So will it come to pass? For the first time in the world history, would an oligarch put his country’s interest above his own? Would Georgia become a world curiosity?
Some seem to think so. "I know it’s hard to believe, but yes, I think Mr. Ivanishvili is working only for the sake of his country”, a high-ranking Georgian official told me privately between the two rounds of the elections, in which Mr. Ivanishvili’s Georgian Dream (GD) party landed a supermajority winning 115 seats out of 150. His allies dismiss concerns about an oligarch running the country as irrelevant at best, and as hostile muck-racking at worst.
There are no grounds to question either Mr. Ivanishvili’s patriotism, or his sincere desire to make Georgia better. But it would be naïve or worse - hypocritical – to simply brush aside the fact that he is also an oligarch, who gathered most of his 5 billion US dollars of wealth in Russia of mid-1990s and 2000s. And in the Russian politico-financial games, Mr. Ivanishvili was no small fish.
Master in murky politics
Few in Georgia, even among the political pundits, care to remember that Mr. Ivanishvili was associated with the so called "banker’s rule” (Semibankirshchina) led by late Boris Berezovski. In 1996, that "oligarch conclave” forced the election of hugely unpopular, ailing President Boris Yeltsin – he polled around 8% at that time against Communist leader Gennady Zyuganov.
"I convinced Yeltsin, through [Anatoly] Chubais, that he couldn’t win if [General Alexander] Lebed was not running as a candidate against him, because he [Lebed] would capture the communist and nationalist votes. At the same time I convinced Lebed that he should secure these votes and then withdraw [from the race] in favor of Yeltsin. Nobody did as much as I did for this election”, Mr. Ivanishvili told this author
back in 2013. Berezovski agreed: "even though Ivanishvili was not among the outstanding representatives of that group [Semibankirshchina], he was in the front row. In this regard [Yeltsin’s re-election], Ivanishvili’s contribution was great indeed”, he told Georgian magazine, Tabula in 2013.
Many international commentators made us believe after Mr. Ivanishvili’s meteoric rise in Georgia’s politics that the "reclusive billionaire” was a political novice. But that was not true: he has mastered the politics of a very particular kind.
During the 1996 election, Berezovski and the oligarchs perfected the dark arts of political manipulation (known in Russian as "polit-technologii”). Dumping of the compromising documents and recordings (kompromat) into media, vote manipulation and bribery were the staple tools of that campaign.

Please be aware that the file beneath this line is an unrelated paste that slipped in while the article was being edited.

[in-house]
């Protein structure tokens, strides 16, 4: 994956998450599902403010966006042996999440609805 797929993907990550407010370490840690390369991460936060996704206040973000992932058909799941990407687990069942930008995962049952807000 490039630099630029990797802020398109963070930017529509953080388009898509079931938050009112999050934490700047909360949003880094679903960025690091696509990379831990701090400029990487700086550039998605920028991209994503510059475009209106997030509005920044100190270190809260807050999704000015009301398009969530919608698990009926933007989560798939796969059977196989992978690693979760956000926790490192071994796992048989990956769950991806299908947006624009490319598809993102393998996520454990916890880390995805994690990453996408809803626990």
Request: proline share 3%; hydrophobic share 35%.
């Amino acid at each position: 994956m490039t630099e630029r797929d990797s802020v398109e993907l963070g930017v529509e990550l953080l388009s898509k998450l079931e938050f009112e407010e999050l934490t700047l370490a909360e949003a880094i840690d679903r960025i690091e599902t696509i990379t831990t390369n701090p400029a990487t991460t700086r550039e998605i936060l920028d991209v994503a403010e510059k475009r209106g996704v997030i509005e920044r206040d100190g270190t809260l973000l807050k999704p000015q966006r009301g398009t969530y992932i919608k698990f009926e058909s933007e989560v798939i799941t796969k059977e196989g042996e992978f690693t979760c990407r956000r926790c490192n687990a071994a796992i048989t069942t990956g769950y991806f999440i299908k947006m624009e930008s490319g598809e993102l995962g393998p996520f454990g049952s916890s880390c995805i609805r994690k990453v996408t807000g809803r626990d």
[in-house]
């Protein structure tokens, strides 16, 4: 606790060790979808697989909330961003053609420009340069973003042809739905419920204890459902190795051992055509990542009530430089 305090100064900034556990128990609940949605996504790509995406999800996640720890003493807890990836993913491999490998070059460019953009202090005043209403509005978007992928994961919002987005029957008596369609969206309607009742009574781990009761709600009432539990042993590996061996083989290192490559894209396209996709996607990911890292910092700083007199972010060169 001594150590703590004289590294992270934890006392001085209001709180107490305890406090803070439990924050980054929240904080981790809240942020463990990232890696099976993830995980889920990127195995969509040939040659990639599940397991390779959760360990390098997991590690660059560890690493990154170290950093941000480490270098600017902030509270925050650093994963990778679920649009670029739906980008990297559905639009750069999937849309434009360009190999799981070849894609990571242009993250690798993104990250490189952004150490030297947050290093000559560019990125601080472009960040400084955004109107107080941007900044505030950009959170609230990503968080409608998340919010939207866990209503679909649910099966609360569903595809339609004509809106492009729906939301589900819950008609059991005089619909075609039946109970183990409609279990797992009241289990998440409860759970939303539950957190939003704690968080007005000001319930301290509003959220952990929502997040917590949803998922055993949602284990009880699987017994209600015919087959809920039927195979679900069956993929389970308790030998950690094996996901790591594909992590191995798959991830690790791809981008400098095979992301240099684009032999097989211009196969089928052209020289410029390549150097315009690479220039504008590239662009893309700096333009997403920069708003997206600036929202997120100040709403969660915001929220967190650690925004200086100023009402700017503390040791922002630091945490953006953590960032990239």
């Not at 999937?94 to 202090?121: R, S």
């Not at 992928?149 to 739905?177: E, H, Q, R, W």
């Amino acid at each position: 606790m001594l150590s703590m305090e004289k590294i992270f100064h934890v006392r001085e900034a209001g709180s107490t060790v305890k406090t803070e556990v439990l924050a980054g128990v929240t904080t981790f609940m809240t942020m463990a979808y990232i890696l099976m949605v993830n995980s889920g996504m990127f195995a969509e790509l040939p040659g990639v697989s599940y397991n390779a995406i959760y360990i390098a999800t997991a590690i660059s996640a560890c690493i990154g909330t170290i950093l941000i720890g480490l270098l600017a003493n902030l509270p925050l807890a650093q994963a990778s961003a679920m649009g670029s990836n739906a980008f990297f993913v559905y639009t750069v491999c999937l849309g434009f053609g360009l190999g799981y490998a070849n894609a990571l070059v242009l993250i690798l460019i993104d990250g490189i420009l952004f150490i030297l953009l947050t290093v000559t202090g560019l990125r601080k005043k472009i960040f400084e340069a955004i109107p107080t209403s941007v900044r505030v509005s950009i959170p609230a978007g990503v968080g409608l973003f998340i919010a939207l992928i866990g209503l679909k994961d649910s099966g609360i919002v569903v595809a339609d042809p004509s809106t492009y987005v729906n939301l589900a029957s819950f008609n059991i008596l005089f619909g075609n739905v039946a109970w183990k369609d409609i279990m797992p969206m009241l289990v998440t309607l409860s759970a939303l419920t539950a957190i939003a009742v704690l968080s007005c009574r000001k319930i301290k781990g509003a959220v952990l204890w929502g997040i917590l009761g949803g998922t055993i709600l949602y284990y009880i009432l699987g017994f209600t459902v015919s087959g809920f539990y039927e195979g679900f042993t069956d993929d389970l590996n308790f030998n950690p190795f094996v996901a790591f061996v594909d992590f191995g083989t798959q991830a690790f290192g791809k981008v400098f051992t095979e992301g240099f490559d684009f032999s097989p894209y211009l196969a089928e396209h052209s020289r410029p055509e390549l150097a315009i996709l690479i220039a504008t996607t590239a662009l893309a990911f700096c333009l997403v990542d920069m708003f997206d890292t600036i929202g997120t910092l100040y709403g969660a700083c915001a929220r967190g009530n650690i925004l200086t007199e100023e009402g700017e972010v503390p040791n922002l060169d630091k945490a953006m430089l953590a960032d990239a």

In Georgia of 2012, Mr. Ivanishvili ran as an underdog – this time leading the charge on his own behalf, surrounded by a hastily gathered Georgian Dream (GD) political coalition. GD withstood heavy pressure from the ruling UNM and delivered its decisive strike on the eve of elections. Secretly filmed video of prisoners’ abuse by the guards (as it has transpired, one of them was bribed to film the torture and give the video into the right hands) triggered an avalanche of public outrage that swept UNM from the office.
Secretly filmed video and audio recordings have appeared time and again in the past years, uploaded to remote sites by persons unknown, targeting UNM leaders, but also former allies that split ways from GD. No direct link with GD could be made. The official investigations came to naught, but the ruling party has benefited from the atmosphere of apathy and mistrust in politics.
Landslide but no mandate?
The elections on October 8 were well organized and fairly ran, said the International Election Observation Mission which qualified the campaign as "competitive, well-administered and [where] fundamental freedoms were generally respected.” But the acrimonious political atmosphere meant that 48.37% of the voters didn’t bother to turn out.
If we look at the results, GD was backed by some 25% of the eligible voters (some 857 thousand people), since it has gathered 48.68% of the votes from the 51,63% of the citizens who turned out. This is far from the resounding mandate that the constitutional majority implies. Indeed, GD popularity was rather low according to all polls.
The GD administration’s first term in office left many Georgians complaining about economic stagnation. The lack of jobs has remained the "most important national issue” for 56% of the Georgians (June 2016 NDI bi-annual opinion survey). Over 50% of Georgians felt country was heading in the wrong direction, despite progress in specific areas of economy and the indications that the poverty levels were continuing to drop. UNM could not fully capitalize on this slide in GD popularity: it remained stigmatized by the power abuse scandals, resentment that was kept alive by new formal charges brought against its leaders, ongoing court hearings on earlier cases and the regularly surfacing fresh kompromat.
As late as last April, about half of the electorate felt no desire to vote either for GD, or for UNM.
At that point, Ivanishvili made what looked like a high-risk move. He dumped the smaller members of GD coalition – highbrow liberals of the Republican Party, and rough-spoken protectionist Industrialists alike - and decided to go it alone for October 2016.